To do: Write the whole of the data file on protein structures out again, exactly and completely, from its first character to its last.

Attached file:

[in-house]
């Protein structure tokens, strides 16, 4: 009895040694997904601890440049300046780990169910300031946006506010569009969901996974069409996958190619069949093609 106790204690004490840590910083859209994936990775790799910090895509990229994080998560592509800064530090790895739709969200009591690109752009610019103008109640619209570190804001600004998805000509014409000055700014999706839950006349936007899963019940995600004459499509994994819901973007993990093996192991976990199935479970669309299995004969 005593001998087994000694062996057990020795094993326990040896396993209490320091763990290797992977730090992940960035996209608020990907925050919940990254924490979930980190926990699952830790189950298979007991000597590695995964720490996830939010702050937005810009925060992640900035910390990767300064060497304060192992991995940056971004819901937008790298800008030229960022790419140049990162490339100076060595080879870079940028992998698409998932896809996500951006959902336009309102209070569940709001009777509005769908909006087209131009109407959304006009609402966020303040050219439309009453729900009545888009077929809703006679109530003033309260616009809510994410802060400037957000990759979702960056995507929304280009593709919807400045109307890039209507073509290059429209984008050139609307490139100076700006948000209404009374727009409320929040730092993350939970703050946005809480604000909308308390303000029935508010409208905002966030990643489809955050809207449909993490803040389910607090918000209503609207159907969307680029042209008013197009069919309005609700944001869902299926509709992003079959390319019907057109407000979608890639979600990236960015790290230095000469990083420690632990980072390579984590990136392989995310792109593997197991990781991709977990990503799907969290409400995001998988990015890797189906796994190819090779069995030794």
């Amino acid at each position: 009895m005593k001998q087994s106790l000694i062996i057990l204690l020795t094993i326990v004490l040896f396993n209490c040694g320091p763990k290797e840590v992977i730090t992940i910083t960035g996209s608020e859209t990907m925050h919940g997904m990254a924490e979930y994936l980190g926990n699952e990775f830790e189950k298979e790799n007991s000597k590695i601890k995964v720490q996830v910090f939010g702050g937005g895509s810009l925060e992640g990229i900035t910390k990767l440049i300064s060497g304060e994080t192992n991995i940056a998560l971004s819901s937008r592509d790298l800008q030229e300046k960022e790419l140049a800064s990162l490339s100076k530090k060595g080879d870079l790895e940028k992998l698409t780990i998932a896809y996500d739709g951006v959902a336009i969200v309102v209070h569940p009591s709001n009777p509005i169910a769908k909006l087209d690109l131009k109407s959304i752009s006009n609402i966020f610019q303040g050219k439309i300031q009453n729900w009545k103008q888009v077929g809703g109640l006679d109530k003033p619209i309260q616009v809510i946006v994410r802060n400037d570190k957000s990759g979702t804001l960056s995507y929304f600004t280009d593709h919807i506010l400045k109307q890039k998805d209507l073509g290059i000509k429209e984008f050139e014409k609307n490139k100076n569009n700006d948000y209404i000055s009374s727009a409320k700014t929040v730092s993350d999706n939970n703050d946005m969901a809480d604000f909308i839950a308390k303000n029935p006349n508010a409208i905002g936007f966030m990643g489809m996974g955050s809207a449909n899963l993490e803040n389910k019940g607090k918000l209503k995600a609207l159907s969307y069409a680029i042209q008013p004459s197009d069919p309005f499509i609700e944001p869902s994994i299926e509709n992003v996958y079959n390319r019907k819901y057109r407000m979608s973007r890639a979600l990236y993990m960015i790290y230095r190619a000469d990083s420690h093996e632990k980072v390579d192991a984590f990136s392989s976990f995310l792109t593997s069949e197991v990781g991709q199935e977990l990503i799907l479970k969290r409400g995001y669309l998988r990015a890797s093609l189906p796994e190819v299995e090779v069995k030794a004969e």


[in-house]
């Protein structure tokens, strides 16, 4: 009895040694997904601890440049300046780990169910300031946006506010569009969901996974069409996958190619069949093609 106790204690004490840590910083859209994936990775790799910090895509990229994080998560592509800064530090790895739709969200009591690109752009610019103008109640619209570190804001600004998805000509014409000055700014999706839950006349936007899963019940995600004459499509994994819901973007993990093996192991976990199935479970669309299995004969 005593001998087994000694062996057990020795094993326990040896396993209490320091763990290797992977730090992940960035996209608020990907925050919940990254924490979930980190926990699952830790189950298979007991000597590695995964720490996830939010702050937005810009925060992640900035910390990767300064060497304060192992991995940056971004819901937008790298800008030229960022790419140049990162490339100076060595080879870079940028992998698409998932896809996500951006959902336009309102209070569940709001009777509005769908909006087209131009109407959304006009609402966020303040050219439309009453729900009545888009077929809703006679109530003033309260616009809510994410802060400037957000990759979702960056995507929304280009593709919807400045109307890039209507073509290059429209984008050139609307490139100076700006948000209404009374727009409320929040730092993350939970703050946005809480604000909308308390303000029935508010409208905002966030990643489809955050809207449909993490803040389910607090918000209503609207159907969307680029042209008013197009069919309005609700944001869902299926509709992003079959390319019907057109407000979608890639979600990236960015790290230095000469990083420690632990980072390579984590990136392989995310792109593997197991990781991709977990990503799907969290409400995001998988990015890797189906796994190819090779069995030794």
């Amino acid at each position: 009895m005593k001998q087994s106790l000694i062996i057990l204690l020795t094993i326990v004490l040896f396993n209490c040694g320091p763990k290797e840590v992977i730090t992940i910083t960035g996209s608020e859209t990907m925050h919940g997904m990254a924490e979930y994936l980190g926990n699952e990775f830790e189950k298979e790799n007991s000597k590695i601890k995964v720490q996830v910090f939010g702050g937005g895509s810009l925060e992640g990229i900035t910390k990767l440049i300064s060497g304060e994080t192992n991995i940056a998560l971004s819901s937008r592509d790298l800008q030229e300046k960022e790419l140049a800064s990162l490339s100076k530090k060595g080879d870079l790895e940028k992998l698409t780990i998932a896809y996500d739709g951006v959902a336009i969200v309102v209070h569940p009591s709001n009777p509005i169910a769908k909006l087209d690109l131009k109407s959304i752009s006009n609402i966020f610019q303040g050219k439309i300031q009453n729900w009545k103008q888009v077929g809703g109640l006679d109530k003033p619209i309260q616009v809510i946006v994410r802060n400037d570190k957000s990759g979702t804001l960056s995507y929304f600004t280009d593709h919807i506010l400045k109307q890039k998805d209507l073509g290059i000509k429209e984008f050139e014409k609307n490139k100076n569009n700006d948000y209404i000055s009374s727009a409320k700014t929040v730092s993350d999706n939970n703050d946005m969901a809480d604000f909308i839950a308390k303000n029935p006349n508010a409208i905002g936007f966030m990643g489809m996974g955050s809207a449909n899963l993490e803040n389910k019940g607090k918000l209503k995600a609207l159907s969307y069409a680029i042209q008013p004459s197009d069919p309005f499509i609700e944001p869902s994994i299926e509709n992003v996958y079959n390319r019907k819901y057109r407000m979608s973007r890639a979600l990236y993990m960015i790290y230095r190619a000469d990083s420690h093996e632990k980072v390579d192991a984590f990136s392989s976990f995310l792109t593997s069949e197991v990781g991709q199935e977990l990503i799907l479970k969290r409400g995001y669309l998988r990015a890797s093609l189906p796994e190819v299995e090779v069995k030794a004969e």